My parents and I routinely swap reading material - books, magazines and newspaper clippings of particular interest. My dad saves magazines and articles on finance and investment, but much of what my mom and I pass back and forth is fluff - magazines that center on celebrities, soap operas and entertainment - things we both enjoy reading, but which hardly qualify as great literature. But even fluff yields the occasional treasure - like the interview in which a veteran soap opera actor fielded questions about his decision to leave his show "prematurely" after 25 years of playing the same character. I saw my own mixed feelings so much in the answers he gave - sadness at leaving behind amazing people tinged with an excitement about what might lie ahead - that I clipped the article.
Becasuse we live more than 100 miles apart, my parents and I typically hand off this reading material at a family gathering or visit, so sometimes the bag of goodies gets set aside (in my house, at least) for future perusal. I recently unearthed one of these bags, emptied it and set the material aside for later reading. I have no idea how long it had been sitting in the "safe place" I'd set it in, but I know I'd had it for a while.
Mixed in with the magazines was a column my mom loves reading in her local paper - one she tells me about often because it does just what good columns should do - it simultaneously entertains the reader and fosters a sense of camaraderie between writer and reader, as the reader identifies with the words on the page in a personal sense.
The column was folded over and tucked into the bag, so when I opened it up to read it, I saw only what was above the fold - as I might have if I'd actually read it in the newspaper. When I finished reading above the fold and flipped the piece over, I automatically refolded it as my mother had, creasing it just shy of the last several paragraphs. The additional crease was merely a convenience - originally a way of making it easier to tuck into the bag for traveling purposes - yet by obscuring the final few paragraphs, I missed my mother's hand in this column. When I flipped the paper one last time to finish the column, I saw that my mom had highlighted the final paragraphs of the piece. These paragraphs were a beautiful commentary on mothers and their grown-up children from a parental perspective - "Mom Heaven," as the columnist dubbed it.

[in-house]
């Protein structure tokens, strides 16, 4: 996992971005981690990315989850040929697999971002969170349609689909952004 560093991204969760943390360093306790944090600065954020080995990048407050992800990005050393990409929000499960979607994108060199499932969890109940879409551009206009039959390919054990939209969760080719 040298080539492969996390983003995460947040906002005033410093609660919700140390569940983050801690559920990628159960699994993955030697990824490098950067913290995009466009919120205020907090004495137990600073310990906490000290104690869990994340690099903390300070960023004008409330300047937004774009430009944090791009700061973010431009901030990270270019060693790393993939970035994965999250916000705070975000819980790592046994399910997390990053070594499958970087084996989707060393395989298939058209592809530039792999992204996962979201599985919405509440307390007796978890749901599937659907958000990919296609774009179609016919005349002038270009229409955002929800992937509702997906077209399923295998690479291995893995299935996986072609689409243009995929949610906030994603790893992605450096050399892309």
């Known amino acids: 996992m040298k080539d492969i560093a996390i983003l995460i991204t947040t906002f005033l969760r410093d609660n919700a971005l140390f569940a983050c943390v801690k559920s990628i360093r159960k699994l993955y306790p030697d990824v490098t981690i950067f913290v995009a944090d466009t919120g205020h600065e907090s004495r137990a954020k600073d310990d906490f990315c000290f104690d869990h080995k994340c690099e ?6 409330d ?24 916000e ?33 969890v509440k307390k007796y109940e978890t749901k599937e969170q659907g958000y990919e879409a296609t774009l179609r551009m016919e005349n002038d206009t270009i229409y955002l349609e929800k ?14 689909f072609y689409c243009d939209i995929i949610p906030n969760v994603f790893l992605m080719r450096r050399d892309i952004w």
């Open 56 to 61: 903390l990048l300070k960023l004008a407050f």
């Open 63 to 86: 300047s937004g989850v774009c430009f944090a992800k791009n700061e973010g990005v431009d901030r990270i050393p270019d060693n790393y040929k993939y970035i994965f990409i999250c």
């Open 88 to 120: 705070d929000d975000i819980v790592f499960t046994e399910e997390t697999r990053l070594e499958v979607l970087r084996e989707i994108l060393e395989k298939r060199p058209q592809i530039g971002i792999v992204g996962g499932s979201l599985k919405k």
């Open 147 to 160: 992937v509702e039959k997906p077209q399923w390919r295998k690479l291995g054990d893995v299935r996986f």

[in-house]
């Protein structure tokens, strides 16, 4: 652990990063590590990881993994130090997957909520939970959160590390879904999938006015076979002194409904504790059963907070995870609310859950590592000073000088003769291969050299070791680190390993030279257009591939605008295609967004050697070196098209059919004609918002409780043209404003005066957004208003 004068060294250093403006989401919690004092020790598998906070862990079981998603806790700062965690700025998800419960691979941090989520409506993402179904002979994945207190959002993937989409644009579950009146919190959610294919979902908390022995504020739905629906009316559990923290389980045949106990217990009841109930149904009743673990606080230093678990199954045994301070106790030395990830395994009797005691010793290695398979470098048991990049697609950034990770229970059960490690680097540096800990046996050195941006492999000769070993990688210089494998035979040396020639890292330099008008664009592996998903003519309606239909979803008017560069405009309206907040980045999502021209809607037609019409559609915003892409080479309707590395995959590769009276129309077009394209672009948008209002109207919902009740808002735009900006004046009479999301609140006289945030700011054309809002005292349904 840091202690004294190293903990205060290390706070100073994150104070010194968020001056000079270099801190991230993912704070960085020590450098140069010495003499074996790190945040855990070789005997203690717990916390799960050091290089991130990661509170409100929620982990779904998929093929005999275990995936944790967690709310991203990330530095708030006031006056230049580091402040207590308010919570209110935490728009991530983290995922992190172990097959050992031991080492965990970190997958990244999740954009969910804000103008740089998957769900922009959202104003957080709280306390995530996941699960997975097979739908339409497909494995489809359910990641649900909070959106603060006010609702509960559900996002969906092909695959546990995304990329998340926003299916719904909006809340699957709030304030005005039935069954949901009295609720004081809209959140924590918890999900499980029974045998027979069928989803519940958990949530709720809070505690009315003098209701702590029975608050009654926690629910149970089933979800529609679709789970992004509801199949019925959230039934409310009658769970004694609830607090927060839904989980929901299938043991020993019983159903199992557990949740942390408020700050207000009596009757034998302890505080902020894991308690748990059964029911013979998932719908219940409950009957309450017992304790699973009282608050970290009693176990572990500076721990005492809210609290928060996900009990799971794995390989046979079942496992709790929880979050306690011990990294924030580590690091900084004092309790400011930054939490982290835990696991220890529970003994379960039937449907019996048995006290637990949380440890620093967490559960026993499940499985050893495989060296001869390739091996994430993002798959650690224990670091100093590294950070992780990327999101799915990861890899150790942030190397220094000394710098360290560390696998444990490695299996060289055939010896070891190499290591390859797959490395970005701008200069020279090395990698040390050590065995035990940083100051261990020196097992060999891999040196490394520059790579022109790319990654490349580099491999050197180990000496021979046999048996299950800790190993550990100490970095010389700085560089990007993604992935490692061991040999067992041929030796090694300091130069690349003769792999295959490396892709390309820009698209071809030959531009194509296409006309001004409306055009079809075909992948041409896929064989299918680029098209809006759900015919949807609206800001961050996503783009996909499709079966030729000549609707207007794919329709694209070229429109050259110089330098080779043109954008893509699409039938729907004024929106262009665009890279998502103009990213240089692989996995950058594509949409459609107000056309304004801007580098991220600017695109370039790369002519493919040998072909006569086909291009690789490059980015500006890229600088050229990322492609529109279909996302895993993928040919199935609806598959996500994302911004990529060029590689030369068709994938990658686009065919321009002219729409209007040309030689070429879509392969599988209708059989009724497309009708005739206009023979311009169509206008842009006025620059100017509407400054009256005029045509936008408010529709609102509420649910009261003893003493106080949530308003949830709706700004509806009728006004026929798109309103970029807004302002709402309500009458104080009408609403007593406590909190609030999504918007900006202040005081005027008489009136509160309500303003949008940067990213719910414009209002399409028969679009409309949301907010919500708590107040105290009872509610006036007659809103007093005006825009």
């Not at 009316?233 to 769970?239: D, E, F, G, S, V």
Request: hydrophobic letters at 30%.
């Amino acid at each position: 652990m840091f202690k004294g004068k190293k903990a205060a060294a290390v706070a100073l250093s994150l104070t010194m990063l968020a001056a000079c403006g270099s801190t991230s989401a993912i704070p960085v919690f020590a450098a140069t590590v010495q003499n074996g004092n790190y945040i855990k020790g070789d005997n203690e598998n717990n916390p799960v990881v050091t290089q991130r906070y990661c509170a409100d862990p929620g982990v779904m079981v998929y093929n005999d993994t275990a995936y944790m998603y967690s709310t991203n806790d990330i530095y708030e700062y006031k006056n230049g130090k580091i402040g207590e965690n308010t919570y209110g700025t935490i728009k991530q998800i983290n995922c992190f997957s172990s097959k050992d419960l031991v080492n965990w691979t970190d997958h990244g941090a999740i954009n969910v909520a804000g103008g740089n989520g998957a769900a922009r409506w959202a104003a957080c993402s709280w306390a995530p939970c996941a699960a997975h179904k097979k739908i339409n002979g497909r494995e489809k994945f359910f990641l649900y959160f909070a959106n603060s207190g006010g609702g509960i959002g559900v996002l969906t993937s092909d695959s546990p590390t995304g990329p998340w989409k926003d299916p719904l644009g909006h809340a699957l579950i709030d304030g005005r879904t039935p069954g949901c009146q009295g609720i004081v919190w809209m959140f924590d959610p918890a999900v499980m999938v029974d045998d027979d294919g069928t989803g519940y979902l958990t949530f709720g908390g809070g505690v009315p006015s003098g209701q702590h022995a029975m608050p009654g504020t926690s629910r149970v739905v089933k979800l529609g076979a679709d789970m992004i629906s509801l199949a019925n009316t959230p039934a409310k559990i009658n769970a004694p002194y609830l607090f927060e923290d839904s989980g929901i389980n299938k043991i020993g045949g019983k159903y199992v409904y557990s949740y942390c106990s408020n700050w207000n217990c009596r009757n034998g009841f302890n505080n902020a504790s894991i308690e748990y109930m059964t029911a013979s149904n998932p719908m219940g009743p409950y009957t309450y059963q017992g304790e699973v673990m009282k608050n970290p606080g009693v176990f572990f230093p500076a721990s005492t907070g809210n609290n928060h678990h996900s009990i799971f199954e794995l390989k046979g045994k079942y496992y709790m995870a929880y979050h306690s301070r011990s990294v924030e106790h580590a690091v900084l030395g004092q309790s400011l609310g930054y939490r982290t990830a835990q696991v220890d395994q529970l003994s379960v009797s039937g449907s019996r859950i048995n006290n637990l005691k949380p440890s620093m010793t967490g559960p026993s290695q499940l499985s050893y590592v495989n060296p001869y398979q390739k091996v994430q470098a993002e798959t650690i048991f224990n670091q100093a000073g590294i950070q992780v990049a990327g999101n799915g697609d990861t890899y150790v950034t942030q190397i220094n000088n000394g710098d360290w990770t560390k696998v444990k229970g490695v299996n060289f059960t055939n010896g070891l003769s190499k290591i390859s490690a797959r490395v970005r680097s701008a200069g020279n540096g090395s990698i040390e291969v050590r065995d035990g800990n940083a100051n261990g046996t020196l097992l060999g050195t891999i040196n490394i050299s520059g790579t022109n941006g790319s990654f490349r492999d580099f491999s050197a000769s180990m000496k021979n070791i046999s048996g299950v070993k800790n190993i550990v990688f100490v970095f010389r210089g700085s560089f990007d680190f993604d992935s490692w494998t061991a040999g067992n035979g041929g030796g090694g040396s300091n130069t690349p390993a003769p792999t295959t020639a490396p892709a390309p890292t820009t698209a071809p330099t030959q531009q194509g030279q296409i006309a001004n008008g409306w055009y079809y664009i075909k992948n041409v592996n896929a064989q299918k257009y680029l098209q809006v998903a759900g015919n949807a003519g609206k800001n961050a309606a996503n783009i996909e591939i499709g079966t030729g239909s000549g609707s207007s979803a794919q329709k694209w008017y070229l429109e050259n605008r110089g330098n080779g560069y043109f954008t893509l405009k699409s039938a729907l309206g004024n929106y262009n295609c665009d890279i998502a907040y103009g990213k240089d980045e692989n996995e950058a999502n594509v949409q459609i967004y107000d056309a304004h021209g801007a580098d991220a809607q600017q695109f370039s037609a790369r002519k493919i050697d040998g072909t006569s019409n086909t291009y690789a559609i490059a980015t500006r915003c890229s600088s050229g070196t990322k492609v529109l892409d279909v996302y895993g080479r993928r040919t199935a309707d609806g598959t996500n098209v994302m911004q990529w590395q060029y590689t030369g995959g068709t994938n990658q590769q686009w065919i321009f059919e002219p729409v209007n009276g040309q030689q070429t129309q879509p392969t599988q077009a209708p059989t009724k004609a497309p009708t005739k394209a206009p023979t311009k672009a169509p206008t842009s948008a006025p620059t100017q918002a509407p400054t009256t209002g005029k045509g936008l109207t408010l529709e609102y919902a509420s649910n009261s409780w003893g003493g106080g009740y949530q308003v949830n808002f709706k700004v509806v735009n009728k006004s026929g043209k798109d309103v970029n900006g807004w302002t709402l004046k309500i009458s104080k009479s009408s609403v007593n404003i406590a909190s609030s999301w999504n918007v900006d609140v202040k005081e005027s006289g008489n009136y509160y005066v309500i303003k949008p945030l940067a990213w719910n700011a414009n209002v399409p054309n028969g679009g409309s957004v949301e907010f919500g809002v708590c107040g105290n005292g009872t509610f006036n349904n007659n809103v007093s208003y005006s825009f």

My parents have never been shy about telling my sister and me that they're proud of us, but I think this marks the first time my mom has ever used the printed word to share her feelings. As both a daughter and a mother, I loved the sentiment of the column, and the fact that my mother had marked those words just for me made me appreciate them even more.
I don't know how long that column sat in its "safe place," tucked between issues of Soap Opera Digest, and I felt a momentary pang of guilt over the fact that so much time had passed between the time my mom had clipped the page and marked it and the time when I finally read it.What I do know is that I'm grateful - as I am daily - to still have my parents around to thank for gestures such as these, and since I'm certain my mom will read this blog, it seems appropriate to tuck a little surprise for her in here.
So, thanks, Mom. Not just for the clipping and its highlighted words, but for being the kind of mom who does things like that, and whose support makes things like blogs and books and countless other things possible.
It's Daughter Heaven.